Continuing professional development and short courses

The approval processes for continuing professional development and short courses depend whether the training carries credits.

Continuing professional development (CPD) in the University describes short or long training programmes, which:

  • develop employment-related knowledge, skills and understanding, and/or
  • are aimed mainly at developing or updating the skills of people already in employment, or in the labour market but not actually employed.

The CPD may, or may not, carry credits. This is known as credit-bearing or non-credit-bearing CPD and will affect the assurance process you need to follow.

CPD provision is an integral element of a school’s taught provision portfolio. Schools are responsible for maintaining a register of all credit-bearing and non-credit bearing CPD courses and activities. CPD provision will be considered as part of the Student Academic Experience Review process, undertaken for each school every five years.

Credit-bearing CPD

If the CPD carries credits, the University’s normal quality assurance procedures for modules and programmes (including collaborative provision) apply.

Credit-bearing CPD includes, for example, an entire Masters programme or an individual module offered as a free-standing CPD course.

Once approved, all credit-bearing CPD provision should be recorded on the school’s CPD register.

Non credit-bearing CPD

Non credit-bearing CPD courses include summer schools, conferences and other short courses for which no credit is awarded by the University.

If the proposed CPD does not carry credits, the Head of School is normally responsible for its approval. The Head of School consults with the Director of Student Education, the Director of the Graduate School and the faculty Pro-Dean for Student Education or Research, where necessary.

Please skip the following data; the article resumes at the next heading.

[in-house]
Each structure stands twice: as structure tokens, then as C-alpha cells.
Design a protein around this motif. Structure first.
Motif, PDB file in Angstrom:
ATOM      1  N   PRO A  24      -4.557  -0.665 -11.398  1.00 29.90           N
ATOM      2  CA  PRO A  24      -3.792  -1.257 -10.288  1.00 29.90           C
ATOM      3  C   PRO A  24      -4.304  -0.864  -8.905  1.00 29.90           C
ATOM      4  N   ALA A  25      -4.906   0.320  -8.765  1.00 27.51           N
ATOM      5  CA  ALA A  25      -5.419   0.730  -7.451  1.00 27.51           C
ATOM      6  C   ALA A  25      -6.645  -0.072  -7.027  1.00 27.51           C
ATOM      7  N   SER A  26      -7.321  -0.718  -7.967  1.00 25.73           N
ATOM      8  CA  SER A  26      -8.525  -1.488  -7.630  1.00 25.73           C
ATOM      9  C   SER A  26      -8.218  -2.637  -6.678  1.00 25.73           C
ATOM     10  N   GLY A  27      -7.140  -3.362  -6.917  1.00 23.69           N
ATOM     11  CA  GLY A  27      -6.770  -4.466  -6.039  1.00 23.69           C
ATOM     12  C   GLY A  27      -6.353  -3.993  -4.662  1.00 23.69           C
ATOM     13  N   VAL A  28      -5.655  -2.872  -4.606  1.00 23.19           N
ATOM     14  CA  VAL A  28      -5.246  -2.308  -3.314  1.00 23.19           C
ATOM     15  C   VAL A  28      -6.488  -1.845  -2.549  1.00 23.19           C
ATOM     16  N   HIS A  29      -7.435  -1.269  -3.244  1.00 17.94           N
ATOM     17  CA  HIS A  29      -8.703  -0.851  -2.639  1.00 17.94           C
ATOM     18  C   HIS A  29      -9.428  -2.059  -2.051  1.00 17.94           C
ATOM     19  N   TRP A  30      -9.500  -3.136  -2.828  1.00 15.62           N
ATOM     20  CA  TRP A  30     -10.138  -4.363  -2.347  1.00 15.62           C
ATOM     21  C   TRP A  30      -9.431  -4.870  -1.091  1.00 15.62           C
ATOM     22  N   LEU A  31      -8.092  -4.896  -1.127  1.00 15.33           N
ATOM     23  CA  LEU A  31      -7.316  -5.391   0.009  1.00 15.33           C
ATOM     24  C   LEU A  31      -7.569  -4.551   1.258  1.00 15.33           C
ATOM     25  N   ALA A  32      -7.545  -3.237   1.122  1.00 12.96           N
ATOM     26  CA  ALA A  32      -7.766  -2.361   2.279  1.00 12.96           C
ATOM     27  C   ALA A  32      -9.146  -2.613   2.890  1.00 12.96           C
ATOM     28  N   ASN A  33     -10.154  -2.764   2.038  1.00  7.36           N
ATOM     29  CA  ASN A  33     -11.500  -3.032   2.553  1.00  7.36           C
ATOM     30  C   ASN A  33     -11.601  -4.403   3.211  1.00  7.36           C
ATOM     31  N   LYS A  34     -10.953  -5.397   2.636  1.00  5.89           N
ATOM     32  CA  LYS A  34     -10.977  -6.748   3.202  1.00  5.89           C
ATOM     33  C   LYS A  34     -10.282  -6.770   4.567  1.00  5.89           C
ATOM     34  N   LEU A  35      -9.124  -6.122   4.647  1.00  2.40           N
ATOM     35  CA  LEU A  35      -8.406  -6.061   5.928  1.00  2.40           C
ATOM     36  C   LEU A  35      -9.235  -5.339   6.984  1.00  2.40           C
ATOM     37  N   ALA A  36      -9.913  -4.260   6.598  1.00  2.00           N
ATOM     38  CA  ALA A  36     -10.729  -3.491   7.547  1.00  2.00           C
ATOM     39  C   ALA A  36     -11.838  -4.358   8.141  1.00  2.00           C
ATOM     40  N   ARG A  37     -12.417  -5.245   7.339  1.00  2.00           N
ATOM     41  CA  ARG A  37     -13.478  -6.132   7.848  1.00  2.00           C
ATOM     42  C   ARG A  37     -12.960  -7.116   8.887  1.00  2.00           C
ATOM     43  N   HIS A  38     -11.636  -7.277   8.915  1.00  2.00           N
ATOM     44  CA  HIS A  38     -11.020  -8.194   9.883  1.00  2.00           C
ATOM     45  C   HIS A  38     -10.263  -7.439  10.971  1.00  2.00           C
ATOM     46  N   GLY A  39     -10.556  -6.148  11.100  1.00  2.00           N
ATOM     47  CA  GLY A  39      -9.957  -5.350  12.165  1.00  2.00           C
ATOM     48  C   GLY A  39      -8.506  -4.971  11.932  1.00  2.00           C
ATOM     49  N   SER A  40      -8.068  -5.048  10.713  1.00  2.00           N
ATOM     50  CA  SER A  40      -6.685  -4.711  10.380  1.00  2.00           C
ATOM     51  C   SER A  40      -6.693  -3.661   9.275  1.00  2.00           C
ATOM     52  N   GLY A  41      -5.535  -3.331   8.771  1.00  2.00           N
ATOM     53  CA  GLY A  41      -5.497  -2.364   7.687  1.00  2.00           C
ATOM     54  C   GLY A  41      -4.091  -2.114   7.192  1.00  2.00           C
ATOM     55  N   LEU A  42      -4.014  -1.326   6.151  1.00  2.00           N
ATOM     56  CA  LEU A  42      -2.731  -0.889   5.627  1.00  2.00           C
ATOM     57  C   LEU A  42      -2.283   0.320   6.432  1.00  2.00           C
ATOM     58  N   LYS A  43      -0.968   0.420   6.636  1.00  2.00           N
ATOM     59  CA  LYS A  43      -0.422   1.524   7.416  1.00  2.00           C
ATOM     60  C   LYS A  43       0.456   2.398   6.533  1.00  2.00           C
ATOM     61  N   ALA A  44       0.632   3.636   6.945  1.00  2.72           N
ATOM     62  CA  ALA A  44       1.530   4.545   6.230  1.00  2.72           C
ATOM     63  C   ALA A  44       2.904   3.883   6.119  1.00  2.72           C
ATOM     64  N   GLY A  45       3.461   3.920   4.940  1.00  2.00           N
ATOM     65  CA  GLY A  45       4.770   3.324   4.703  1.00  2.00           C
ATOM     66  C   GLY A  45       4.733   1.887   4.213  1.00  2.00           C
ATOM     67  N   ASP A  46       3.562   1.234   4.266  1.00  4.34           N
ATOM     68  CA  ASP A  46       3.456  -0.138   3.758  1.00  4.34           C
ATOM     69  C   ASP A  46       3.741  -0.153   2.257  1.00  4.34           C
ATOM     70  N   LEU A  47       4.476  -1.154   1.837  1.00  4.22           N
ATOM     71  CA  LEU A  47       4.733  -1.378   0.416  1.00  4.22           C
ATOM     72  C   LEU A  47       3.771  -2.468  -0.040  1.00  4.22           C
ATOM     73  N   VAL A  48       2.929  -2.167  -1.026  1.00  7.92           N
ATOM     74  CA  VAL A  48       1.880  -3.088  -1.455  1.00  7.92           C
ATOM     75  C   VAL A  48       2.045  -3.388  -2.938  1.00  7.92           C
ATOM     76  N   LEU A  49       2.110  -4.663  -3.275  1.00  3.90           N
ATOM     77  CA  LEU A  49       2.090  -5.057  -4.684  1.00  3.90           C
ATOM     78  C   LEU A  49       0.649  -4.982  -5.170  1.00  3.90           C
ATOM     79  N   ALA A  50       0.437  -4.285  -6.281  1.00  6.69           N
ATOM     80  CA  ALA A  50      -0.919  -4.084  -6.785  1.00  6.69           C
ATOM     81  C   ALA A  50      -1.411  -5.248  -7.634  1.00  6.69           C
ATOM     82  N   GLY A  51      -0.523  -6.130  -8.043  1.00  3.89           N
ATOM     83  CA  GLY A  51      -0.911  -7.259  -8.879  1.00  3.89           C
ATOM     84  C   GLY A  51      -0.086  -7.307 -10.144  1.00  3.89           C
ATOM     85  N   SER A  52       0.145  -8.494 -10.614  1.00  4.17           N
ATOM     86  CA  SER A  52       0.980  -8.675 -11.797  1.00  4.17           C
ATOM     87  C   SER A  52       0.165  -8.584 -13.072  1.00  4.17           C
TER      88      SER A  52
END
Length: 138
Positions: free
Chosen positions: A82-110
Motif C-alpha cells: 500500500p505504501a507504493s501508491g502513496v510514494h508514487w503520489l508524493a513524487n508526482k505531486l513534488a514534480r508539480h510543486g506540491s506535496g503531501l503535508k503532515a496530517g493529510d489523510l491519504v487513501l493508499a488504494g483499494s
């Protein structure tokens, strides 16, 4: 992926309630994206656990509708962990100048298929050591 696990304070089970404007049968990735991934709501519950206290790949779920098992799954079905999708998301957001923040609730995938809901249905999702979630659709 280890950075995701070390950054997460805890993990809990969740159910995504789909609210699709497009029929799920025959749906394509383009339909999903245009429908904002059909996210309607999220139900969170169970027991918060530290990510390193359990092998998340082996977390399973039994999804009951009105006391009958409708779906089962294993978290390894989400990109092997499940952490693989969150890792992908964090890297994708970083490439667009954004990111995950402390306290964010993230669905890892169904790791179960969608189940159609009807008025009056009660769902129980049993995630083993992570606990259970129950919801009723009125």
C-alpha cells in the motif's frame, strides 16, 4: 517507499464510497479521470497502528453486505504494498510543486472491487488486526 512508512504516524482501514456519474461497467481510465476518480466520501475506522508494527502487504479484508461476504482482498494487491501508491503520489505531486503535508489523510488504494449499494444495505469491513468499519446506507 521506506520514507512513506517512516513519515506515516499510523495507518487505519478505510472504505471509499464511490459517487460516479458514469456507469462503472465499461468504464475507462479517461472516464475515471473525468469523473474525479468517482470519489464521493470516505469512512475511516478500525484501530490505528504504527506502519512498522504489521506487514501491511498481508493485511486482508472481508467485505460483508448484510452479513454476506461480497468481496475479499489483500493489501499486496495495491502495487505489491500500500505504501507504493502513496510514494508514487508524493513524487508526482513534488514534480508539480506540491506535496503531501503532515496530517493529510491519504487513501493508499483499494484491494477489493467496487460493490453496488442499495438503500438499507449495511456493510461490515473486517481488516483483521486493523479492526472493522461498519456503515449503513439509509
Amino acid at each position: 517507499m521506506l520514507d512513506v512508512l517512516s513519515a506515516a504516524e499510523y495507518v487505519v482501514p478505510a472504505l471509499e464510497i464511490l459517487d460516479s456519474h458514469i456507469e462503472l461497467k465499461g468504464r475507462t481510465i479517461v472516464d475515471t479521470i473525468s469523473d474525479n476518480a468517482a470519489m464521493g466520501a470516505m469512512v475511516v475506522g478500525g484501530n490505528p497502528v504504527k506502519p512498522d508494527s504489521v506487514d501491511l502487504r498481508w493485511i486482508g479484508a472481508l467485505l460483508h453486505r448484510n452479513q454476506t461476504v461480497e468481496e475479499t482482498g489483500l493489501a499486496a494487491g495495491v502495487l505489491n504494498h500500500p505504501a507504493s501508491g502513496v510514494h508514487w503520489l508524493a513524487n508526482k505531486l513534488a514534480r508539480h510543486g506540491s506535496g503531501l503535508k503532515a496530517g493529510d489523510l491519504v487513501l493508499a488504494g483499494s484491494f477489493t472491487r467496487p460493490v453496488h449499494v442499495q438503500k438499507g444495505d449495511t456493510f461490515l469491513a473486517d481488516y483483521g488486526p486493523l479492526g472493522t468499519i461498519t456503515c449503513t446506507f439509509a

Heads of Schools ensure that the proposed CPD fits with strategic and financial considerations. Before granting approval, they should also be satisfied that these points have been addressed:

  • Aims, objectives and learning outcomes of the provision are clear and are met by the content of the provision.
  • Any assessment (where included) can allow participants to demonstrate the learning outcomes of the provision.
  • Course length and mode of delivery are appropriate.
  • Consideration has been given to professional, statutory and regulatory body requirements and approval (where required).
  • Consideration has been given to whether the provision will be certificated in any way (eg certificates of attendance) and, if so, how this is to be managed.
  • Mechanisms are in place for the quality assurance and enhancement of the provision (eg through feedback from participants and evaluation).

Where there is significant provision which the faculty executive deems to have a high reputational risk, it may be agreed that the same arrangements as for credit-bearing provision should apply.

Once approved, all non-credit-bearing CPD provision should be recorded on the school’s CPD register.